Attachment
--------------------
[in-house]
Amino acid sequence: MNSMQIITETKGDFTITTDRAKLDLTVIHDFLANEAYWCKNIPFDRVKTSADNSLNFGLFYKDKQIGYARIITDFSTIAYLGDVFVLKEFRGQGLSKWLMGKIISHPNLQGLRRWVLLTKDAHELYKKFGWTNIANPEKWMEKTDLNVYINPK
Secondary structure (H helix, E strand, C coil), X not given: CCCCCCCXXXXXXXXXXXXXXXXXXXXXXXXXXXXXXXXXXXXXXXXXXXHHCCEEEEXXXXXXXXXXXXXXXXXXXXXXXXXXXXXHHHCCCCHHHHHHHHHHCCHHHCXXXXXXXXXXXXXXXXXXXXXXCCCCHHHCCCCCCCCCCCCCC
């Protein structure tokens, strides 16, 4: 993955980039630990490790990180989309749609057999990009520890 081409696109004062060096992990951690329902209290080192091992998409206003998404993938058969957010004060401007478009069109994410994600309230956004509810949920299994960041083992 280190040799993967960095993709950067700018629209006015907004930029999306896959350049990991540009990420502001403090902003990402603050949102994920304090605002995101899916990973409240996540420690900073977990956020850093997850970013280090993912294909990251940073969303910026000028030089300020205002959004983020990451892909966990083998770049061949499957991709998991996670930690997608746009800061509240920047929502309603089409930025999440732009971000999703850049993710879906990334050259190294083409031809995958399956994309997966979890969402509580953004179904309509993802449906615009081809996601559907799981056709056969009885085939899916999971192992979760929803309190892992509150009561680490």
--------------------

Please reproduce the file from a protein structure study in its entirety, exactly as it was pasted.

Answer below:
[in-house]
Amino acid sequence: MNSMQIITETKGDFTITTDRAKLDLTVIHDFLANEAYWCKNIPFDRVKTSADNSLNFGLFYKDKQIGYARIITDFSTIAYLGDVFVLKEFRGQGLSKWLMGKIISHPNLQGLRRWVLLTKDAHELYKKFGWTNIANPEKWMEKTDLNVYINPK
Secondary structure (H helix, E strand, C coil), X not given: CCCCCCCXXXXXXXXXXXXXXXXXXXXXXXXXXXXXXXXXXXXXXXXXXXHHCCEEEEXXXXXXXXXXXXXXXXXXXXXXXXXXXXXHHHCCCCHHHHHHHHHHCCHHHCXXXXXXXXXXXXXXXXXXXXXXCCCCHHHCCCCCCCCCCCCCC
């Protein structure tokens, strides 16, 4: 993955980039630990490790990180989309749609057999990009520890 081409696109004062060096992990951690329902209290080192091992998409206003998404993938058969957010004060401007478009069109994410994600309230956004509810949920299994960041083992 280190040799993967960095993709950067700018629209006015907004930029999306896959350049990991540009990420502001403090902003990402603050949102994920304090605002995101899916990973409240996540420690900073977990956020850093997850970013280090993912294909990251940073969303910026000028030089300020205002959004983020990451892909966990083998770049061949499957991709998991996670930690997608746009800061509240920047929502309603089409930025999440732009971000999703850049993710879906990334050259190294083409031809995958399956994309997966979890969402509580953004179904309509993802449906615009081809996601559907799981056709056969009885085939899916999971192992979760929803309190892992509150009561680490």